UPDATE, May 21, 3:25 p.m.: Maine’s house today approved a bill that would end a law banning qualified and trained nurse practitioners and other advanced practice clinicians from providing abortion care. The legislation passed the state senate last week, and Gov. Janet Mills (D) is expected to sign it into law.
Maine’s ban on non-physicians providing abortion care may soon be scrapped thanks to a bill introduced by Democratic House Speaker Sara Gideon and Gov. Janet Mills (D-Freeport).
Announced Thursday, LD 1261 would allow qualified advanced practice clinicians (APCs) such as nurse practitioners, physician assistants, and certified nurse-midwives to provide abortion care. “Physician-only” laws are among the barriers aimed at curbing access to abortion; Maine’s physician-only law leaves only three publicly accessible health centers where patients can receive in-clinic abortion care—in Augusta, Bangor, and Portland. Patients in rural areas often travel hours for care even though there are qualified, experienced practitioners in their own communities. Such restrictions particularly affect people who already face systemic barriers to health care, including those with low incomes, people of color, and young people.
Mills introduced a similar bill last year when she was attorney general. Advocates are hopeful it will pass now that the state has a pro-choice governor and Democratic legislative majorities.
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This could be significant in the underserved state, said Alison Bates, a nurse practitioner (NP) in Maine with Planned Parenthood of Northern New England.
“About 80 percent of counties in Maine have no abortion provider. So you can imagine the burden that is placed on patients seeking that care when they can’t afford it in their own communities,” Bates told Rewire.News. “This is an opportunity for us to align state law with the necessary scope of practice that’s within my purview as an APC and, in doing so, affords patients in Maine access to this service more broadly.”
If someone comes to her clinic seeking an abortion, Bates said she’s forced to turn them away, as per state law, because she has an NP and not an MD after her name. Yet scores of nurses across the United States are equipped to provide abortion services. Laws that prevent qualified nurses from providing such care have been challenged by providers in a handful of states, including in Maine.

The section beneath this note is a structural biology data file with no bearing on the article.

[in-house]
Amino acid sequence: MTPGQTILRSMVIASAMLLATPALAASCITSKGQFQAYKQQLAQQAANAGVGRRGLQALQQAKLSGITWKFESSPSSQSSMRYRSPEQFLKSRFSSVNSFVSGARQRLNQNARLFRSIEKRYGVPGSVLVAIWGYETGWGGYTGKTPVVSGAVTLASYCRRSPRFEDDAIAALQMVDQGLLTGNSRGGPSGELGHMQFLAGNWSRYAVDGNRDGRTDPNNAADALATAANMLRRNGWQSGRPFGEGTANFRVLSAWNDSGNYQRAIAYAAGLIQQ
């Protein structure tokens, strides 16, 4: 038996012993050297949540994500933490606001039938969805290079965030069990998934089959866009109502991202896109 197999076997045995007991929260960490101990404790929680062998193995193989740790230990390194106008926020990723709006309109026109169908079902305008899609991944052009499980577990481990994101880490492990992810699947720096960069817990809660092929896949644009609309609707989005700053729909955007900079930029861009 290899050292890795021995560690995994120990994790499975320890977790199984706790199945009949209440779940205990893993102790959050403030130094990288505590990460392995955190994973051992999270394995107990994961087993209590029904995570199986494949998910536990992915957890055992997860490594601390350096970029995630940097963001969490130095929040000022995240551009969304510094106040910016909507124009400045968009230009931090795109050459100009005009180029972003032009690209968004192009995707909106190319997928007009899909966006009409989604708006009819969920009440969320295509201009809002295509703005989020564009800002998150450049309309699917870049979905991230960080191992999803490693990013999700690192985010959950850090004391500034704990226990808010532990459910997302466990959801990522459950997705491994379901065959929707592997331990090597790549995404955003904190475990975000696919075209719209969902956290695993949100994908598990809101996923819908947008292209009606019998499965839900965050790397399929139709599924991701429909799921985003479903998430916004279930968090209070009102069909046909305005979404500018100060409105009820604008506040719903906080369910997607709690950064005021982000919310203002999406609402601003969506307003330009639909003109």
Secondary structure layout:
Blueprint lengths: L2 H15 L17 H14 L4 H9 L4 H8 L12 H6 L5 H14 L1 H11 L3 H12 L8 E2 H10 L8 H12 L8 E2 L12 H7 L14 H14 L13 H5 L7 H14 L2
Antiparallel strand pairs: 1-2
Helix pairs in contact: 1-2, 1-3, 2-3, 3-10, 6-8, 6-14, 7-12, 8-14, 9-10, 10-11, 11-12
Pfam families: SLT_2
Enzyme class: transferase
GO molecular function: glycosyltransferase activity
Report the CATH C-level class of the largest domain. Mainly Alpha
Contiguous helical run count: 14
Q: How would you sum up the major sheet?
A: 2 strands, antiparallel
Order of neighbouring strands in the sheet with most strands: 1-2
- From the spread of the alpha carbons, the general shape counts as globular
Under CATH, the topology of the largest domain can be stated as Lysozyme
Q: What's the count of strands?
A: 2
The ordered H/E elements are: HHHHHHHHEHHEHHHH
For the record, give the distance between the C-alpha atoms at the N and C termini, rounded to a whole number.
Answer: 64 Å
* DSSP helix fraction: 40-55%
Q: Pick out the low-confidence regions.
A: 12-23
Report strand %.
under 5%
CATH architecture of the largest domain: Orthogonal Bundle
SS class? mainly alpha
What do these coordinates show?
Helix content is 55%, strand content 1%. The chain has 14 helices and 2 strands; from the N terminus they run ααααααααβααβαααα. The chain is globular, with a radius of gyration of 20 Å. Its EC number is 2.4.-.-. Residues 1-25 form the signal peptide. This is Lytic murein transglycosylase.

The American Civil Liberties Union (ACLU) and Planned Parenthood filed a federal lawsuit in 2017 challenging the Maine ban on behalf of Planned Parenthood of Northern New England, Maine Family Planning, and several nurse practitioners. Bates is a plaintiff in the case, which is pending in the U.S. Court for the District of Maine.
“Enough is enough,” Oamshri Amarasingham, ACLU of Maine’s advocacy director, said in a statement. “Limited transportation options, brutal winters, and a shortage of health care providers—Mainers face more than enough obstacles to accessing needed health care without having medically unjustified laws piled on top. We’re thankful to Gov. Mills and Speaker Gideon for introducing this bill, which would dramatically improve Mainers’ access to safe abortion care in their own communities.”
Maine lawmakers in 1979 passed a law allowing only physicians to provide abortions. The law was drafted to protect women from back-alley abortions but has not kept pace with technology and practitioner abilities, according to Planned Parenthood.
Maine is one of ten states facing lawsuits to eliminate “physicians-only” laws, ThinkProgress reported. Thirty-three states bar advanced practice clinicians from providing abortion care.
The American College of Obstetricians and Gynecologists and the World Health Organization support allowing APCs to perform abortions in early pregnancy.
“Every woman in Maine should be able to access reproductive health care when and where she needs it, regardless of her zip code,” Gov. Mills said in a statement. “Allowing advanced nurse practitioners and physician assistants to perform medication-administered abortions, which are already permitted in other states, will ensure Maine women, especially in rural areas of our state, can access reproductive health care services. It is time to remedy this inequity that negatively impacts too many Maine women.”
Advocates are hopeful the bill will pass. Hearings are expected to be held in April.
“For patients and families in Maine, this is a huge gain towards de-stigmatizing abortion and making accessible and feasible holistic and comprehensive reproductive health care. It would be a remarkable success for the state of Maine,” Bates said.